BUTA stages satire on black life

by Micheal Posey | 11/23/94 6:00am

The Black Underground Theater Association captivated its audience this weekend at Collis Common Ground with its presentation of another funny and thought-provoking production titled "As Yet 'Untitled" and directed by Natalie Herring '95.

As the lights darkened and the BUTA cast took the stage, the audience knew that "As Yet 'Untitled" would be something different. As the sounds of "Bad Mamma Jamma" echoed through the room and the play started, the audience was treated to an often satirical glimpse of black life.

The play was performed in three sketches in which the almost-all female ensemble presented a series of poems by such well-known poets as Langston Hughes and Maya Angelou.

In the first series of sketches titled "Excuse Me,....Madam!" focus was given to a fictional character named Madam Alberta K Johnson. In the brief vignettes following, the audience is made privy to different aspects of the Madam's life including her past history, interaction with the rent man and a past-due phone bill that she refuses to pay.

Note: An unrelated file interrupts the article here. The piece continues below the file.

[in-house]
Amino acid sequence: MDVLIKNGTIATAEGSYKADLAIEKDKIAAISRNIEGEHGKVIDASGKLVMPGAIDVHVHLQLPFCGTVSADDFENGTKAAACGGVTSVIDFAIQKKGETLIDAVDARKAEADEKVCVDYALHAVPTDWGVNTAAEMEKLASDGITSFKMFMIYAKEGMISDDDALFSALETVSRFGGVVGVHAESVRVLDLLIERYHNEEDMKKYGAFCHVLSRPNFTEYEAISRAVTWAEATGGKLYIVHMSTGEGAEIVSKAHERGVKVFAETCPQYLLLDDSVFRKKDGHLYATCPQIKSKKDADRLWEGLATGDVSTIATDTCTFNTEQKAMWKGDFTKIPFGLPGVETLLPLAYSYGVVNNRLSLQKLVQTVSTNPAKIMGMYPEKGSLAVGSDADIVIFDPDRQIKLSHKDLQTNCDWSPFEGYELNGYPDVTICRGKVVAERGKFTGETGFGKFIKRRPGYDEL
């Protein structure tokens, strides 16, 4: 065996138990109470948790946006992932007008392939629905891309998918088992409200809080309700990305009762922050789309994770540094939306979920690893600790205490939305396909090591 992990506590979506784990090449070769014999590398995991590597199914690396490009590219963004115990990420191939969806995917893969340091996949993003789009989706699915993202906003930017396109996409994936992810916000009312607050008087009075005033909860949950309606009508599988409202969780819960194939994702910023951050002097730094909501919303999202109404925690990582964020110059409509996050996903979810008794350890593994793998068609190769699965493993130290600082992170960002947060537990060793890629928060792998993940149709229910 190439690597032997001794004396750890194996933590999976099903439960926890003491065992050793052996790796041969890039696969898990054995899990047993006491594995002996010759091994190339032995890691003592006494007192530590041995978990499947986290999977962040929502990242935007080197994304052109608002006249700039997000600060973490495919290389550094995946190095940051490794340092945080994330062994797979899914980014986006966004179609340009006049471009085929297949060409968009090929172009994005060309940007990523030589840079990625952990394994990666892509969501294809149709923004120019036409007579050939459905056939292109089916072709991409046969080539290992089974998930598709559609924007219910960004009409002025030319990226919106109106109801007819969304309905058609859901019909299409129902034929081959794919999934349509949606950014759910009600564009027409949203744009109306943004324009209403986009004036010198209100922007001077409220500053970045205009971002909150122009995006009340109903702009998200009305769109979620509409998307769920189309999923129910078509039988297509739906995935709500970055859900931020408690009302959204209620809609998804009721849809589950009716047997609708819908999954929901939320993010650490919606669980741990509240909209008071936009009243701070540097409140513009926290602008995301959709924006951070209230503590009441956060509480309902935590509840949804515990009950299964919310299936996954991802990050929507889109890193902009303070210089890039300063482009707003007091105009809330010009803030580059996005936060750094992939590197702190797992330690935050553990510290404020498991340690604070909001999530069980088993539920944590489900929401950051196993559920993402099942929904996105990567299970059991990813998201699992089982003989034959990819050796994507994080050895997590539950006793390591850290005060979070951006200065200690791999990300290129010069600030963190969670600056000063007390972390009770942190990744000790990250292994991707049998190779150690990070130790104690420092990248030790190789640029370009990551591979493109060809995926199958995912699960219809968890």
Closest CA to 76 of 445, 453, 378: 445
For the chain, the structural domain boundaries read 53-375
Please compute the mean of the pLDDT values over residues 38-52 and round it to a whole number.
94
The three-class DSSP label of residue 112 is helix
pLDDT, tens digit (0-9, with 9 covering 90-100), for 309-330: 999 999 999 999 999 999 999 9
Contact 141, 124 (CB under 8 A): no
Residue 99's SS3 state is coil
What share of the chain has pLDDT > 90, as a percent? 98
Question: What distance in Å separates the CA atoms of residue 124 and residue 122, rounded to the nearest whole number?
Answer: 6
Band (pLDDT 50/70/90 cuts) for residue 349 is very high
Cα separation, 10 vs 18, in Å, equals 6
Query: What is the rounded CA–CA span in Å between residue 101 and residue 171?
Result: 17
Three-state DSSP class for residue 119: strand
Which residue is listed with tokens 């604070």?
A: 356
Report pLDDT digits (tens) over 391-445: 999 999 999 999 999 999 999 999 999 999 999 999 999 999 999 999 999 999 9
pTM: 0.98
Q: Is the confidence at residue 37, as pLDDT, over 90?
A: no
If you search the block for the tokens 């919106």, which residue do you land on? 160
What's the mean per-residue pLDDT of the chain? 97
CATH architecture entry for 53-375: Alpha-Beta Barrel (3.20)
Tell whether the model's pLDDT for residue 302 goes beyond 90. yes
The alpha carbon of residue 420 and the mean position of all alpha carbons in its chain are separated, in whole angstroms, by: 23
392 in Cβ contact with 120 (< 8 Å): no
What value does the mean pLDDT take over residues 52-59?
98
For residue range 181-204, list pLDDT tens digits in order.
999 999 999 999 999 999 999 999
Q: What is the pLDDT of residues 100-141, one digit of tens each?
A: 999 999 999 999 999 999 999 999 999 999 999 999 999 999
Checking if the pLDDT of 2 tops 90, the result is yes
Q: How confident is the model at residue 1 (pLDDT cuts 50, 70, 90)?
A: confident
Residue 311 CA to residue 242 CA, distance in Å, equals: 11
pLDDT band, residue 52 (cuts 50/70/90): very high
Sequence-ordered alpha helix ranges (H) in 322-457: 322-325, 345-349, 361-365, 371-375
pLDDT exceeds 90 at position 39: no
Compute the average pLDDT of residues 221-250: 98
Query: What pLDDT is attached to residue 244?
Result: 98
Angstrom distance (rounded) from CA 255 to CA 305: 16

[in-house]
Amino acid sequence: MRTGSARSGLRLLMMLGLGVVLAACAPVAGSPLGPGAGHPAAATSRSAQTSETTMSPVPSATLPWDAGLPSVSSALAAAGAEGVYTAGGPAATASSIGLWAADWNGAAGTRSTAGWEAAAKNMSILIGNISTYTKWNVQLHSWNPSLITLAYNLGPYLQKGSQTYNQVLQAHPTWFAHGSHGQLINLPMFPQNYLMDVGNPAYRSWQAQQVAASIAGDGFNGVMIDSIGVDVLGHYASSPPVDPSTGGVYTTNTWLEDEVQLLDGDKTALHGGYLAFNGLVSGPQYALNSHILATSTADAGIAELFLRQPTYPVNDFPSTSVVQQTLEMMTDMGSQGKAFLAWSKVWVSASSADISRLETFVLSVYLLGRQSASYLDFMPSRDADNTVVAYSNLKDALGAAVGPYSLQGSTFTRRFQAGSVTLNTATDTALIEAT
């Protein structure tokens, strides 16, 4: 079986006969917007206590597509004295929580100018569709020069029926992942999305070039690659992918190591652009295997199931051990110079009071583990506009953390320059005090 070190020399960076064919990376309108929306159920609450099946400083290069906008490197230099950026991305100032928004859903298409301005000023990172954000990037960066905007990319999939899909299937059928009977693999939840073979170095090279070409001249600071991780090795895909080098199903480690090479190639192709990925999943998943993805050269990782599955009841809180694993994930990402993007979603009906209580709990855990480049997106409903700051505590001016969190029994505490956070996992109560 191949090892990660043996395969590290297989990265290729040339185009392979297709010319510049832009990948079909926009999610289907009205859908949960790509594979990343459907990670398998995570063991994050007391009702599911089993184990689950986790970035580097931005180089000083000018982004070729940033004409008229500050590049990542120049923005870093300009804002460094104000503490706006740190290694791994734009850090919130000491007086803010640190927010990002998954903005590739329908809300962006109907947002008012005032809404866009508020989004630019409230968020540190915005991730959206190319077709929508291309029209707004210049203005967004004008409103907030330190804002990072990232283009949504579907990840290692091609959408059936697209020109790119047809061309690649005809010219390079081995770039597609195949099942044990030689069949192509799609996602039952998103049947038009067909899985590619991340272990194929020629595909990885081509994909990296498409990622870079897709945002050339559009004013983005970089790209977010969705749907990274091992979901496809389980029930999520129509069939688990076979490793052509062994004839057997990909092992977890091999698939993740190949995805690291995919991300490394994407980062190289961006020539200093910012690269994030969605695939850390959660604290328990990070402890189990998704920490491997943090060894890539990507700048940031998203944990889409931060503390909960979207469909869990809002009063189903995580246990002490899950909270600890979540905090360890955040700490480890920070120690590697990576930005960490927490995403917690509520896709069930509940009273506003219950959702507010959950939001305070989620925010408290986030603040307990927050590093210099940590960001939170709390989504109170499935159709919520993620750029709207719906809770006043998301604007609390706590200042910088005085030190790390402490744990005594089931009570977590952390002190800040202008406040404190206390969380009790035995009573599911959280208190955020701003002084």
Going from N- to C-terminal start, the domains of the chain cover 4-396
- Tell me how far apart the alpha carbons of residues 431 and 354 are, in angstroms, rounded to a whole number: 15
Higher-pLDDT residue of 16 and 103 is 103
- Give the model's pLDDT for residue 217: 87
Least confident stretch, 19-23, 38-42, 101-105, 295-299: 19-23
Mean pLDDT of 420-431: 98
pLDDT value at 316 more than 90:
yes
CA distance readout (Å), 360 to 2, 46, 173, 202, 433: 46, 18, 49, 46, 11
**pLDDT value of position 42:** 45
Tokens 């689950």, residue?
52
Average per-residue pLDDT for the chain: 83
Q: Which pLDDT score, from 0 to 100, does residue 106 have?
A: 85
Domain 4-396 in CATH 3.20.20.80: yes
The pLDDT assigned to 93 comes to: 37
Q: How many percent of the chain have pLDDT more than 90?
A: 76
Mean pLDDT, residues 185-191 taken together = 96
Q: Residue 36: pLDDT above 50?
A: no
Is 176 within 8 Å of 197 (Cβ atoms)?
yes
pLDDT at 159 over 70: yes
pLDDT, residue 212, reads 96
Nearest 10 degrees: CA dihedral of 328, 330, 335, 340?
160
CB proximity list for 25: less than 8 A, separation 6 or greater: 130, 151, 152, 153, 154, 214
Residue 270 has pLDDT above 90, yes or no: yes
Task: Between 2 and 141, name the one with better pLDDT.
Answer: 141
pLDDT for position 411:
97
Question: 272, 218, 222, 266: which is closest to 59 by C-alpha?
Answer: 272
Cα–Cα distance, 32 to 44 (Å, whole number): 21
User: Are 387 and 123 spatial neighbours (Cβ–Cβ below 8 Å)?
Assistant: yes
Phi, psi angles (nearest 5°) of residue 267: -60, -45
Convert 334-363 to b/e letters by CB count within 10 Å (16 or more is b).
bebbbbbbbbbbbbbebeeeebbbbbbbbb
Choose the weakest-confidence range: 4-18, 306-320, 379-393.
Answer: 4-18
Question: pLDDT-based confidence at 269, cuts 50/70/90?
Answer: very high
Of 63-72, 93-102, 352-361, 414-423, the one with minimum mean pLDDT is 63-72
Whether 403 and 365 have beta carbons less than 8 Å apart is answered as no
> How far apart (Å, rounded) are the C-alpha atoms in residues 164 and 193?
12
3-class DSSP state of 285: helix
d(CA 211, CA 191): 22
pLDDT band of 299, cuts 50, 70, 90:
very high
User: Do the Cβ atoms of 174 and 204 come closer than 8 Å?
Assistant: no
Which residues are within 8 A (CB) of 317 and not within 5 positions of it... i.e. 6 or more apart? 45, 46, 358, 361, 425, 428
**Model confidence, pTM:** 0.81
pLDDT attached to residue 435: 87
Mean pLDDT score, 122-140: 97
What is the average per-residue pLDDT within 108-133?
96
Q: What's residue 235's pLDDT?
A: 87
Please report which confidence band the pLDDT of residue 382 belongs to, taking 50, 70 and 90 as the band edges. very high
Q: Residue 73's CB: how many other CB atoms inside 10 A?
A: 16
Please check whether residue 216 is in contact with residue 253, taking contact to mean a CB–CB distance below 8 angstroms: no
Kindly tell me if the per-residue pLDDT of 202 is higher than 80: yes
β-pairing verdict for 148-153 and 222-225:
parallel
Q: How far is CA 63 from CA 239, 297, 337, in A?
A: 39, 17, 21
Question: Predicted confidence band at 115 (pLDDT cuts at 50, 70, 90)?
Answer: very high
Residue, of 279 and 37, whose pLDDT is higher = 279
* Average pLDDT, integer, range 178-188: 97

Herring did a great job weaving together different facets of Madam's life with poems by surprisingly different authors. The BUTA troupe is composed of highly versatile actors and actresses who do a great job juxtaposing humor and wit with deeper emotions such as unrequited love and sadness.

In the second sketch, titled "Love and Happiness" the actions revolved around relationships between black men and women. Such favorites as "I Wrote a Good Omelet" by Nikki Giovanni and "The Lie" by Maya Angelou were performed mostly with monologues addressing love and affection.

In the last sketch, "Keep on Moving," the last four scenes are powerful reminders of the plight of the African American in today's society. "Right Black At You" was a powerful and riveting poem about the enormous problem of fighting cultural stereotypes.

The BUTA cast, composed of a rich and myriad group of individuals, definitely has a bright, bold future ahead of them. Marsha Blake '96, a drama major, is an accomplished actress, winning the distinguished award for Best Actress in the 1992 Eleanor Frosts Plays. Next year, she will make her directorial debut in BUTA. Jamelle Berry '97 and Christine Dankwa '97 commanded the stage with their presence. Kimya Pendleton '96 added a subtle, silent control to her roles, marking them as her own.

Herring did an extraordinary job with this first production with a relatively new group of actors. She invoked comedy and tragedy in scenes that often left the audience wanting more.

Herring added in the program notes to "sit back, relax, laugh, and if something you see strikes a chord with you, nod your head in agreement." The audience felt that the production deserved even more with their thunderous applause.